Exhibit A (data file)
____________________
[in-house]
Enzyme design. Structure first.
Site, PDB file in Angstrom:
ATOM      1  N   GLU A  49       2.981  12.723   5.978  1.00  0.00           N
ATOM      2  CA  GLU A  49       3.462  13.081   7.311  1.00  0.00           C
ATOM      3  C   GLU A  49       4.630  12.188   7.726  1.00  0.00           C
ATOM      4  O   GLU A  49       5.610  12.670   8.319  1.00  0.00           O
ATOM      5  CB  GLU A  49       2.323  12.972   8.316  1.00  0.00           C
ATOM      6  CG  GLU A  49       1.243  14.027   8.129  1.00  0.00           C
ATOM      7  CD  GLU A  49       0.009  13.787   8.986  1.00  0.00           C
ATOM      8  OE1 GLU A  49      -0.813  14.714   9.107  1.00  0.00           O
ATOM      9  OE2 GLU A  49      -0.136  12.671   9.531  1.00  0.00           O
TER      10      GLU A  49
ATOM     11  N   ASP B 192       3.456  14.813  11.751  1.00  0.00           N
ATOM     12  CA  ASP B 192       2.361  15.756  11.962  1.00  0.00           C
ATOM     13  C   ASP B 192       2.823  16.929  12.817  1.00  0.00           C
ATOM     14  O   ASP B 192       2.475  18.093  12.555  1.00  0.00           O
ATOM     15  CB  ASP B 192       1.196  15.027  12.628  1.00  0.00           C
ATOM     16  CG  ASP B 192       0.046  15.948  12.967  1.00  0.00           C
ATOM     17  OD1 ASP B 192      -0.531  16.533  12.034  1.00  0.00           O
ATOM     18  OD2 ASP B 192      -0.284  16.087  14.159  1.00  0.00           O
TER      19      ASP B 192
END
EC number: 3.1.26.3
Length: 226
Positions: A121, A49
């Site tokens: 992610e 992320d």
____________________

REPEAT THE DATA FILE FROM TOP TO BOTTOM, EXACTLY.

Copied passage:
[in-house]
Enzyme design. Structure first.
Site, PDB file in Angstrom:
ATOM      1  N   GLU A  49       2.981  12.723   5.978  1.00  0.00           N
ATOM      2  CA  GLU A  49       3.462  13.081   7.311  1.00  0.00           C
ATOM      3  C   GLU A  49       4.630  12.188   7.726  1.00  0.00           C
ATOM      4  O   GLU A  49       5.610  12.670   8.319  1.00  0.00           O
ATOM      5  CB  GLU A  49       2.323  12.972   8.316  1.00  0.00           C
ATOM      6  CG  GLU A  49       1.243  14.027   8.129  1.00  0.00           C
ATOM      7  CD  GLU A  49       0.009  13.787   8.986  1.00  0.00           C
ATOM      8  OE1 GLU A  49      -0.813  14.714   9.107  1.00  0.00           O
ATOM      9  OE2 GLU A  49      -0.136  12.671   9.531  1.00  0.00           O
TER      10      GLU A  49
ATOM     11  N   ASP B 192       3.456  14.813  11.751  1.00  0.00           N
ATOM     12  CA  ASP B 192       2.361  15.756  11.962  1.00  0.00           C
ATOM     13  C   ASP B 192       2.823  16.929  12.817  1.00  0.00           C
ATOM     14  O   ASP B 192       2.475  18.093  12.555  1.00  0.00           O
ATOM     15  CB  ASP B 192       1.196  15.027  12.628  1.00  0.00           C
ATOM     16  CG  ASP B 192       0.046  15.948  12.967  1.00  0.00           C
ATOM     17  OD1 ASP B 192      -0.531  16.533  12.034  1.00  0.00           O
ATOM     18  OD2 ASP B 192      -0.284  16.087  14.159  1.00  0.00           O
TER      19      ASP B 192
END
EC number: 3.1.26.3
Length: 226
Positions: A121, A49
């Site tokens: 992610e 992320d």